Assessor Otto Peetz has furnished the following official summary of the 1905 census of Sherman county for publication:

By precincts        Population

Wasco……………… 1031

Moro………………… 727

Grass Valley………. 707

Kent ………………… 511

Monkland…………… 287

Rufus ……………….. 262

Bigelow …………….. 180

Rutledge ……………. 177

Total in precincts….. 3882

*  *  *

By Cities

Wasco……………… 498

Moro ……………….. 446

Grass Valley …….. 383

Total in cities…….. 1327

Source: Sherman County Observer, September 8, 1905


6. Frontier Telenet board looks at finances, future

Posted by permission of The Times-Journal:

Directors of Frontier Telenet and others interested in that ORS 190 entity met Monday morning this (last) week at the Sherman County Courthouse in Moro, and by phone.

In reviewing the agenda before discussions began, board member Elizabeth Farrar, Gilliam County Judge, asked that a discussion of a long-term plan be placed on the agenda, and a review of updated 2018-2019 revenue and expense allocation by customer class and a discussion of Inland Development’s offer to purchase three wireless transport circuits beginning July 1, 2019 were removed from the agenda.

An e-mail from resident Les Ruark was acknowledged and made a part of the record, but not read at the meeting. His missive noted his objections concerning no public or advance mention of several agenda items and no agenda support material was made accessible to interested persons; no opportunity for the public to apply for or be considered for appointment to the Budget Committee; the public comment item being placed at the end of the agenda allowing no opportunity for public input on agenda item discussions; no public mention in the board’s change in legal counsel; and no disclosure, following requests, of the costs incurred by Frontier Telenet’s ‘telecom’ attorney Jim Deason.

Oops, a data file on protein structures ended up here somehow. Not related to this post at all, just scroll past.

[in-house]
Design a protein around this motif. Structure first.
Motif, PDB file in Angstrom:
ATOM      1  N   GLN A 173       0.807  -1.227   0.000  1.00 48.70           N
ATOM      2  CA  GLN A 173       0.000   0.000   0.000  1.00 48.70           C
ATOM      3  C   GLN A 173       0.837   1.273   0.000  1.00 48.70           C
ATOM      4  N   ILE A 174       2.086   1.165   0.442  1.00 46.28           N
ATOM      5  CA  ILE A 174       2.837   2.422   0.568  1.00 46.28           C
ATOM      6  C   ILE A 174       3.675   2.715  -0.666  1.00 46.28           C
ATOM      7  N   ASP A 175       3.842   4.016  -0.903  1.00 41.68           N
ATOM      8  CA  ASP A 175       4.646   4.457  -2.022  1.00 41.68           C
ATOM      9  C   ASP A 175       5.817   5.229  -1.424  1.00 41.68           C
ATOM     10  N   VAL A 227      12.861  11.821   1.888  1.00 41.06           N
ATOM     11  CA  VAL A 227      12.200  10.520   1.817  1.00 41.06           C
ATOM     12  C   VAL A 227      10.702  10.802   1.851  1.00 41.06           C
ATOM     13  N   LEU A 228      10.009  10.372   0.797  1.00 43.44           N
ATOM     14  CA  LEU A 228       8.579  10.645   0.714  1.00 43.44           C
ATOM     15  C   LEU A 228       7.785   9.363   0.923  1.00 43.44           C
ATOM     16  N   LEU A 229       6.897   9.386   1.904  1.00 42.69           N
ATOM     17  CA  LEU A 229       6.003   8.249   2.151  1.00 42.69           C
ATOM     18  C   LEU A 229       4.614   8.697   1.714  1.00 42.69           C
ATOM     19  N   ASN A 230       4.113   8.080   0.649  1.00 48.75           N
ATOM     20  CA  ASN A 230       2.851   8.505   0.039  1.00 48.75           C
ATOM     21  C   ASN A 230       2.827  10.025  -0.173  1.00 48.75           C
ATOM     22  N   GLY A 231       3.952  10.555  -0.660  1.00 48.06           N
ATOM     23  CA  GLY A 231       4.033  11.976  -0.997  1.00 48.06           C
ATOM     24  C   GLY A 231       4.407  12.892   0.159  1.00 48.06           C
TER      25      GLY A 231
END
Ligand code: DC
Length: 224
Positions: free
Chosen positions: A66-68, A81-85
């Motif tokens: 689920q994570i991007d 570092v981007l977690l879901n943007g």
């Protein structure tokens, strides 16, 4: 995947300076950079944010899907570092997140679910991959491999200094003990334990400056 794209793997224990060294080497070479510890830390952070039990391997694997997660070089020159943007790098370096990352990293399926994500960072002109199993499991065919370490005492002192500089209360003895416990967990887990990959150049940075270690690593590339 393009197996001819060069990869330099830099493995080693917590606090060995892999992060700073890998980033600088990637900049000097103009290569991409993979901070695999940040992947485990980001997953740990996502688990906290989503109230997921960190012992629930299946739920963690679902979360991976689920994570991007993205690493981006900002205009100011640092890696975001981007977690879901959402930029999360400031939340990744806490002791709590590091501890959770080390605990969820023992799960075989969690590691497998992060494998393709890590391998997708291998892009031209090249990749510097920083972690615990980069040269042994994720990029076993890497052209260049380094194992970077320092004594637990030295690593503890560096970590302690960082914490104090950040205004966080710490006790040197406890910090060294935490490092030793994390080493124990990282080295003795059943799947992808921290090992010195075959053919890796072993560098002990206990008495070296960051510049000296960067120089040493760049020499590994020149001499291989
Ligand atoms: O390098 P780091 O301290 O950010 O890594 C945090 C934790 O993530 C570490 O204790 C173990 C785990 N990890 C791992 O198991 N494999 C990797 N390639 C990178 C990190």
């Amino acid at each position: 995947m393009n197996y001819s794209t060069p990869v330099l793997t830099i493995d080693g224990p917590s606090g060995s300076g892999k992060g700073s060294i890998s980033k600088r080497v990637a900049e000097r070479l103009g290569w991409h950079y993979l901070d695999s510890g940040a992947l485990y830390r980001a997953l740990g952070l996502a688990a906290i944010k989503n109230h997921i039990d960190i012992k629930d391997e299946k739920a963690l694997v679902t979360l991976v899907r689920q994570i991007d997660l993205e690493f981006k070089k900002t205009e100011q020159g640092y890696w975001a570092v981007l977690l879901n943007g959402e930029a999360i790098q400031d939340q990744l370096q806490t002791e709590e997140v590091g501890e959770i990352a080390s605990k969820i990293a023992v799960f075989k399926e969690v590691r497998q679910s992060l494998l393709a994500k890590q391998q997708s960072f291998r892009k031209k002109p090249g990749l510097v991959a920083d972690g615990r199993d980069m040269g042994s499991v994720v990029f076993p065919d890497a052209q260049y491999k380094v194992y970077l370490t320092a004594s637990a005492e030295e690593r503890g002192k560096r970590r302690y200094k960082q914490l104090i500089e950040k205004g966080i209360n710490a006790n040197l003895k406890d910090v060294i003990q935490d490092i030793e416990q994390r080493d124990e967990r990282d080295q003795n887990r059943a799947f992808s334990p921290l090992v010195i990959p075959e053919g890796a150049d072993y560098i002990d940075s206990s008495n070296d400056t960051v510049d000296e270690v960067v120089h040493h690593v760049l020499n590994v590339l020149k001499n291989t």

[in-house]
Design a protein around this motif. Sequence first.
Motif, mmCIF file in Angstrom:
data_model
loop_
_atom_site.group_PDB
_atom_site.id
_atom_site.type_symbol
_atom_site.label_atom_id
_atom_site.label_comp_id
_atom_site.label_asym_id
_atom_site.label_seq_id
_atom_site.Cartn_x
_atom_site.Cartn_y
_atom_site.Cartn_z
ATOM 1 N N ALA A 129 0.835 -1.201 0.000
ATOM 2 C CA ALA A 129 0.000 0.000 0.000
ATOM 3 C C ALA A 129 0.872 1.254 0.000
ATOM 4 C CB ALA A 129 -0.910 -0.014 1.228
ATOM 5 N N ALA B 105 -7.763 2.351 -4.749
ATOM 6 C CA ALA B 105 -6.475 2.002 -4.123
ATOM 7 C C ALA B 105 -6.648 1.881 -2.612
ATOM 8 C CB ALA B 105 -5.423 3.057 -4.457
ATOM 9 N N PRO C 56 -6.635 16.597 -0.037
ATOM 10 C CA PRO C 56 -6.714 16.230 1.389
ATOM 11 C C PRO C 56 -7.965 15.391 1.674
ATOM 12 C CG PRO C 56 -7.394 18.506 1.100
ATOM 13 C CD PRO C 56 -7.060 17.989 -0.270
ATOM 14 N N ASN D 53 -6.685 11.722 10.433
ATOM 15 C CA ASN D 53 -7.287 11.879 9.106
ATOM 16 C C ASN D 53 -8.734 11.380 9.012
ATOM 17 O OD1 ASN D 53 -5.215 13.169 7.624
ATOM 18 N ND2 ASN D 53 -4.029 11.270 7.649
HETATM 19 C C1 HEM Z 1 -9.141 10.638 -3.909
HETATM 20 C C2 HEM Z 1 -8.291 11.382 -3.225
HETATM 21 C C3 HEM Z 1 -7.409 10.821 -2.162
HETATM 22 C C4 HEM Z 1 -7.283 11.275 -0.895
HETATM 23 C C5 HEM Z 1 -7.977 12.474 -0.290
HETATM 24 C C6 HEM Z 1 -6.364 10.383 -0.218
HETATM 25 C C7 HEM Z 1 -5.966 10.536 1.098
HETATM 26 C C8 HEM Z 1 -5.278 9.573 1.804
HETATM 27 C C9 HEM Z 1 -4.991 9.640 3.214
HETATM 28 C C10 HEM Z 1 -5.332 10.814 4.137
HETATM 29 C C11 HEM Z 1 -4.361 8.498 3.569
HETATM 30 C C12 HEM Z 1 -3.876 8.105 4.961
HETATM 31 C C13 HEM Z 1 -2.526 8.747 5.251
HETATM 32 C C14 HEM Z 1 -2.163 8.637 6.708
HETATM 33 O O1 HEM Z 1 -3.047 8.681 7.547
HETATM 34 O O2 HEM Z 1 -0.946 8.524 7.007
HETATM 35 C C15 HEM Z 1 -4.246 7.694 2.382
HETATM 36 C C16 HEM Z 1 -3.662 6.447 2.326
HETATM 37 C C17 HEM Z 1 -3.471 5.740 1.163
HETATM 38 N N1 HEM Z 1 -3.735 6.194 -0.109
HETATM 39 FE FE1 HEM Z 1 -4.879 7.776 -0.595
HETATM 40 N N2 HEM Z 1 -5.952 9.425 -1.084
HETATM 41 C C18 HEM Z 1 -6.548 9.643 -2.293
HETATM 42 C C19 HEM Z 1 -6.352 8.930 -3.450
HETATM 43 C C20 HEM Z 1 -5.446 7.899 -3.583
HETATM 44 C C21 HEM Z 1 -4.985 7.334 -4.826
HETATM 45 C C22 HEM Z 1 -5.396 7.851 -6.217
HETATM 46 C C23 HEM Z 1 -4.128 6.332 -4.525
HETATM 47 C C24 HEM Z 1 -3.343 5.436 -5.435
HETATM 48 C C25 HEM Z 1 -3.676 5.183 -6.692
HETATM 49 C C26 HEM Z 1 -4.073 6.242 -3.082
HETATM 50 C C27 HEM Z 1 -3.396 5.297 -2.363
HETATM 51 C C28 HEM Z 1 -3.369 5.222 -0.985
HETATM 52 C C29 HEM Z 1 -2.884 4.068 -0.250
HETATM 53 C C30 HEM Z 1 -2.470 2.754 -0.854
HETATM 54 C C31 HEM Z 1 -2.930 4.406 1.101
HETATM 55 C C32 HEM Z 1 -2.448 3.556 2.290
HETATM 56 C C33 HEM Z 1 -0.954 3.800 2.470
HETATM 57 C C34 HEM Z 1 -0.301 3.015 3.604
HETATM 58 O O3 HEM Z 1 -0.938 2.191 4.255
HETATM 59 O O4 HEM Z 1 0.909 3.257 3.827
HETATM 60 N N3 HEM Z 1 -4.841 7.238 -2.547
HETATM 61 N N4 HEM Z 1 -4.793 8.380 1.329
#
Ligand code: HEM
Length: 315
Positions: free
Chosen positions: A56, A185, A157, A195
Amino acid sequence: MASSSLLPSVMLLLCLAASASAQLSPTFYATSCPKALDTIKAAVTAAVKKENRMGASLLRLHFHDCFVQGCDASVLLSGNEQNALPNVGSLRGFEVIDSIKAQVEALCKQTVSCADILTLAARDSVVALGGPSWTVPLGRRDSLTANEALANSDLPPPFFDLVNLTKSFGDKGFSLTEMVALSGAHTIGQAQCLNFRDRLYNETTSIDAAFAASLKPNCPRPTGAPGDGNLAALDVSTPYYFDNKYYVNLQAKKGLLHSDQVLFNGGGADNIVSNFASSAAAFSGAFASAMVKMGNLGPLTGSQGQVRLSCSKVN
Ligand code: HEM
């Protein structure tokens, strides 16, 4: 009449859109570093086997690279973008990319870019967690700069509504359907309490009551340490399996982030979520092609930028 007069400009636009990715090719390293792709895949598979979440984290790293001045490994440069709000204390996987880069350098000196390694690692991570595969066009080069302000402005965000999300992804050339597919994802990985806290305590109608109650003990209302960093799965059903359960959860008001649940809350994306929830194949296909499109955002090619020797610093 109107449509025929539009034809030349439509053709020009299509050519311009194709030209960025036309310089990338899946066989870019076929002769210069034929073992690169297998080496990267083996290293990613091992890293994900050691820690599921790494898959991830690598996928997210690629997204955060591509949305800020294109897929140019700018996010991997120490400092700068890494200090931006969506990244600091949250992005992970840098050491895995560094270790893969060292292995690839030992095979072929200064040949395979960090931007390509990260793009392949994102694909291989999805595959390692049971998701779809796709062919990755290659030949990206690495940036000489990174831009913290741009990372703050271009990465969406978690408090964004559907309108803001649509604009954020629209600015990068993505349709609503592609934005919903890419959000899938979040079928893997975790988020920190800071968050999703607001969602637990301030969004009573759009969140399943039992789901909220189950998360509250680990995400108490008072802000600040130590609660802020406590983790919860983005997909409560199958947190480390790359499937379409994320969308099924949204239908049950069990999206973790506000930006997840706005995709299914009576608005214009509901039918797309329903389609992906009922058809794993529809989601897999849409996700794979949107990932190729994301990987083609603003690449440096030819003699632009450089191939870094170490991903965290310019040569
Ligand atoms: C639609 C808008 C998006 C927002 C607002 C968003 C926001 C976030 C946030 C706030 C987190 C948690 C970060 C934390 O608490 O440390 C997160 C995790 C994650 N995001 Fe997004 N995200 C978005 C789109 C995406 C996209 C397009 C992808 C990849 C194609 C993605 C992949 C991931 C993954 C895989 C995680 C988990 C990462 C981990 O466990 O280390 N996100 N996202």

Ruark asked, too, that the audio recording of the day’s meeting be posted on Frontier Telenet’s web page “at the earliest opportunity.”

In discussing the minutes of previous meetings, presented in ‘hard copy’ form for approval, directors were reminded that, at a meeting held in January, they had agreed that the audio version of the meeting would become the official record of the meetings. Written minutes and notes of a meeting, it was agreed, would become Frontier Telenet board looks at finances, future ancillary support information to a meeting. To continue with the tradition, however, directors did approve the hard copy minutes of meetings held Jan. 11, Jan. 22, Jan. 25, Feb. 15, and March 1. Directors clarified that the audio recordings of the meetings will become the official record.

In reviewing financial matters, director Elizabeth Farrar acknowledged the legal fees of Annala Carey in the financial material, but no fees listed for telecom attorney Jim Deason. Deason indicated he had not submitted his invoices, and that it had been “some time” since he had.

Discussion continued over accounts receivable and questions arose. Attorney Deason explained that an ongoing matter with Light Speed Network had been resolved and monthly payments can be expected moving forward, and contacted staff Jeanne Burch, by phone from Hawaii, indicated that Frontier Telenet can anticipate receiving $14,000 per month, “if everybody pays.” She also noted that several new accounts have been identified.

In discussion of the budget process, a proposed budget calendar had been suggested with meetings in May and June. Judge Farrar and Judge Joe Dabulskis noted that the county budget processes begin earlier and that it would be helpful in county budgeting and Frontier Telenet budgeting if the processes more closely coincided. To that end, meeting and publication dates were researched and Frontier Telenet will now conduct its first Budget Committee meeting Friday, April 5, 10 a.m. at the courthouse in Condon.

Subsequent in the meeting, Brad Lohrey, Gary Bettencourt and Mike Smith, sheriffs, respectively, of Sherman, Gilliam and Wheeler counties, were appointed to the Frontier Telenet Budget Committee, pending their acceptance. Also on the Budget Committee are the three Frontier Telenet directors – Judge Morley, Judge Dabulskis and Judge Farrar. Brenda Snow-Potter of Wheeler County was appointed as Budget Officer.